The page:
Interview Tech history comes in waves. One minute you’re riding a crest, the next you’re wiped out. Just ask Scott Gnau, former CTO of Hortonworks, the company once seen as the figurehead of the big data boom.
Now head of data platforms at InterSystems, Gnau has had time to reflect on the Hadoop legacy and where those with torrential data workloads should go next.
“If you define Hadoop as some of the initial projects are out there, clearly, it's over, right? And the marketplace has moved on,” he told The Register.
But there is a caveat. The “broader ecosystem of open source technologies for data management” has left a valuable legacy, he said.
Just over two years ago, Gnau was promoting Hortonworks Data Platform 3.0 based on Apache Hadoop 3.1 as a "huge step forward, architecturally". But the world has changed.
Gnau joined InterSystems, a proprietary data platform vendor with strengths in the health sector, in 2019, after the merger between Hortonworks and Cloudera. Pitched as a marriage of equals, the deal valued the combined entity as $5.2bn. It now hovers around $3bn.
The demise of Hadoop, as a distributed file system, and as an investment darling, has been linked to the growing popularity of object storage, integrated with the cloud hyperscalers' data offerings in the form of AWS S3, Azure Blob Storage, and Google’s Object Storage, as they are seen as accessible and cheap.
“Clearly object store is having an impact on the entire marketplace,” Gnau said.
Indeed, Teradata, the data warehouse stalwart where Gnau spent nearly 20 years, hitched its wagon to the object storage train in 2019, saying it offered low cost, easy management, and unlimited scalability with its “native” support for the cloud repository.
But as a person who has seen some ups and downs, he has a salutary warning for those hyping object storage as an elixir for all data ailments.
“There are advantages to object stores and there are disadvantages,” he said. “To the extent that people believe there's a single answer to all these solutions, they'll be wrong. Object storage is all the craze today, I'm sure there’ll be something that follows on after that.”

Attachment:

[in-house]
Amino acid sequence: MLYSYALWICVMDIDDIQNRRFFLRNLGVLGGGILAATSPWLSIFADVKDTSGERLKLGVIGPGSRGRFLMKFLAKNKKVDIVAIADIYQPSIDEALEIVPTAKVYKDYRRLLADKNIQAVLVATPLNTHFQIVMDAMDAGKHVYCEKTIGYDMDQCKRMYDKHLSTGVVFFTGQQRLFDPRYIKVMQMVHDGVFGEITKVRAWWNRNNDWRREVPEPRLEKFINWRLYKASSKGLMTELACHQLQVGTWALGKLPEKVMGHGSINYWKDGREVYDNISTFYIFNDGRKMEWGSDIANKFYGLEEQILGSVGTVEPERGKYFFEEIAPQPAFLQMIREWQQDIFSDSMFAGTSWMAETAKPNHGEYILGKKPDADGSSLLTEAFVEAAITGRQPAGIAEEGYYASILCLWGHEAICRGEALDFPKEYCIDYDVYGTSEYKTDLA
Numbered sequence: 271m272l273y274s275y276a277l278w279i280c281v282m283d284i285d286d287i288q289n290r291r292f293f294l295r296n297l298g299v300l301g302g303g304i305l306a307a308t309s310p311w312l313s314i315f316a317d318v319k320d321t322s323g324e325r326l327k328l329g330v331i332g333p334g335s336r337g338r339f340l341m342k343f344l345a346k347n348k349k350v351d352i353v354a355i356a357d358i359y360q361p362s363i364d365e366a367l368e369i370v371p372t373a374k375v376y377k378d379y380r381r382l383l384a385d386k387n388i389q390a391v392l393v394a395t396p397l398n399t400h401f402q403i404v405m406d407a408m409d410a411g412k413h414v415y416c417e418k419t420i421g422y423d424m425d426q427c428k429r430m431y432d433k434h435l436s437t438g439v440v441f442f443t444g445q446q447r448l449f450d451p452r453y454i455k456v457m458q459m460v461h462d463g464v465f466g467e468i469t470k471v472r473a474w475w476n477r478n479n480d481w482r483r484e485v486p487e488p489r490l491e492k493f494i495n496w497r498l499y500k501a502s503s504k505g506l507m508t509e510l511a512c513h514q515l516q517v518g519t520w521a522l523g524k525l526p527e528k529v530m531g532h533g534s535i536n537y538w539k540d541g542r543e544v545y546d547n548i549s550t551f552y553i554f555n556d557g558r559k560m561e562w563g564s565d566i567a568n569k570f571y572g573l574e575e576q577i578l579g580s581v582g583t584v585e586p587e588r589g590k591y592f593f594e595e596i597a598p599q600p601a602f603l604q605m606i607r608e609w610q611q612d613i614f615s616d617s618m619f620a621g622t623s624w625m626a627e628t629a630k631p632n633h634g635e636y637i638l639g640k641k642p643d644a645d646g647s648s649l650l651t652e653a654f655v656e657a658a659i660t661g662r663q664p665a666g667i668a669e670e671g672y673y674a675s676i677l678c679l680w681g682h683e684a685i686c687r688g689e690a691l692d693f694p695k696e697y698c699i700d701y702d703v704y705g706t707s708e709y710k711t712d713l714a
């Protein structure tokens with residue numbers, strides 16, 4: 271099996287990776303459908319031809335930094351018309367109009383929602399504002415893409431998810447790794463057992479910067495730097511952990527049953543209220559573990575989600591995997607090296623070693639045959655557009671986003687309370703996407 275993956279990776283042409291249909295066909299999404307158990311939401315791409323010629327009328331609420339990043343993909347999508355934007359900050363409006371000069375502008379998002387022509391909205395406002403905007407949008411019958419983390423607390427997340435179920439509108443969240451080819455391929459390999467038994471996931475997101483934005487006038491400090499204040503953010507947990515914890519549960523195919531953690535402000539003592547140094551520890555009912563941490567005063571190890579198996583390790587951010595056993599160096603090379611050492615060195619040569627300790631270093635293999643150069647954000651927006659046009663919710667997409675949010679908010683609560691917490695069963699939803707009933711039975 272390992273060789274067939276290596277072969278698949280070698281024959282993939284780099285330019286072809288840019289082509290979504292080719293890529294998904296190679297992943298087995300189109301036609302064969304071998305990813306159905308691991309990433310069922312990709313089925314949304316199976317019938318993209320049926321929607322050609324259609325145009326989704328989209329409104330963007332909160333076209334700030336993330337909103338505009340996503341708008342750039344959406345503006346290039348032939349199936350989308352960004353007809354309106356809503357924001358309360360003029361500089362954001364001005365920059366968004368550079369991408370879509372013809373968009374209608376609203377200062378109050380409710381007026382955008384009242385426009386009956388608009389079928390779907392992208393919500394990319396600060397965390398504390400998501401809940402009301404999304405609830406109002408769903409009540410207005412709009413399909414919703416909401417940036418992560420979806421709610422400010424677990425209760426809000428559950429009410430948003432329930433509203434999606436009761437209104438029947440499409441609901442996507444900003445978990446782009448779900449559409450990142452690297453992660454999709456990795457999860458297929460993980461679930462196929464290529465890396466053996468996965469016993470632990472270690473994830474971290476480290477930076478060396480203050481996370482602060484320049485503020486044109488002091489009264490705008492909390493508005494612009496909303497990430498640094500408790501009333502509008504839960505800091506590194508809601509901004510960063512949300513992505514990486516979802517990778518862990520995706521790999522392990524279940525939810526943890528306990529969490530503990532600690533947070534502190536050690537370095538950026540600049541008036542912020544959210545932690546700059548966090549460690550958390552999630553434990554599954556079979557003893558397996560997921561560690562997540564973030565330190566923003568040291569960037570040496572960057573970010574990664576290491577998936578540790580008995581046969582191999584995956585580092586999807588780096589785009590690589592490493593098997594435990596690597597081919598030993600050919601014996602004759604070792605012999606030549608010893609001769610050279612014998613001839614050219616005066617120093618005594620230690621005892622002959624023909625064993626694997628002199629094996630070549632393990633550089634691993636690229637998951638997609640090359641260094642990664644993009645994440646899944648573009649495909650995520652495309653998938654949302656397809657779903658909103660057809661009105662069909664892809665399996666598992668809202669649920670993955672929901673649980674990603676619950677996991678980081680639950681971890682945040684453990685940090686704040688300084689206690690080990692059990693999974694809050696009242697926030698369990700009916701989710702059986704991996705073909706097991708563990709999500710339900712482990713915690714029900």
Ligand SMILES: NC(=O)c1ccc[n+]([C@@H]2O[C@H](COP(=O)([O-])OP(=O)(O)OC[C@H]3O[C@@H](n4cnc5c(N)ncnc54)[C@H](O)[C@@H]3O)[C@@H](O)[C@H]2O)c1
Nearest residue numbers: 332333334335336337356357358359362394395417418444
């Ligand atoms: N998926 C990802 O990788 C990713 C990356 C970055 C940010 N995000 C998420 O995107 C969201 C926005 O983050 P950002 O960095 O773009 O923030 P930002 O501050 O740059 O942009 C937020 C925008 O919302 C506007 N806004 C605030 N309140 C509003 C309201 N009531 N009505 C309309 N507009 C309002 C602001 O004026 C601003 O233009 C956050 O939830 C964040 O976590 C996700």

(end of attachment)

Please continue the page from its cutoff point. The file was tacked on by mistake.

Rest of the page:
While object storage is very flexible and easy to use, it is not specialised to any particular data task, he said. “With generic solutions, you're then also riding the hardware innovation curves to deliver improvements over time. With the continued orders of magnitude increases in data available for managing transactions and analytics, I think that the supply of data will continue to outstrip the supply of money and hardware to process it. So, there will always be kind of this yin and yang between specialised [kit] and technology,” Gnau said.
At his new home, InterSystems, Gnau claims there is the ability to address both structured and unstructured data in the same system with its “unique” proprietary data platform.
Obviously, being company IP he is reluctant to spill the beans on the secret sauce, but Gnau outlined to us a schema-less system that is akin to a “massively intelligent key-value store” with some internal indexing that allows both high volume onboarding of data and efficient analytics. He said it also offers in-memory storage and - having a background of supporting medical systems requiring storage of doctors’ notes and medical images - it also supports unstructured data, Gnau said.
As it strives to broaden its appeal outside its core medical market, InterSystems has signed up Chadwicks Group, a builders’ merchant based in Ireland, to help integrate business systems and provide real-time reporting.
Newly rolled out is Adaptive Analytics, which integrates live data in InterSystems IRIS and popular third-party business intelligence tools such as Tableau, Microsoft Power BI, and Excel. The firm has also made a deal with visualisation specialist AtScale to offer business users the ability to create their own dashboards.
Having spent years at Teradata working with its massively parallel, traditional RDBMS and moving across to manage unstructured big data at Hortonworks, Gnau claims to have found the “best both of the worlds” at InterSystems.
Whether it will stay that way depends of course on how fast those worlds change and whether the proprietary system can keep up. ®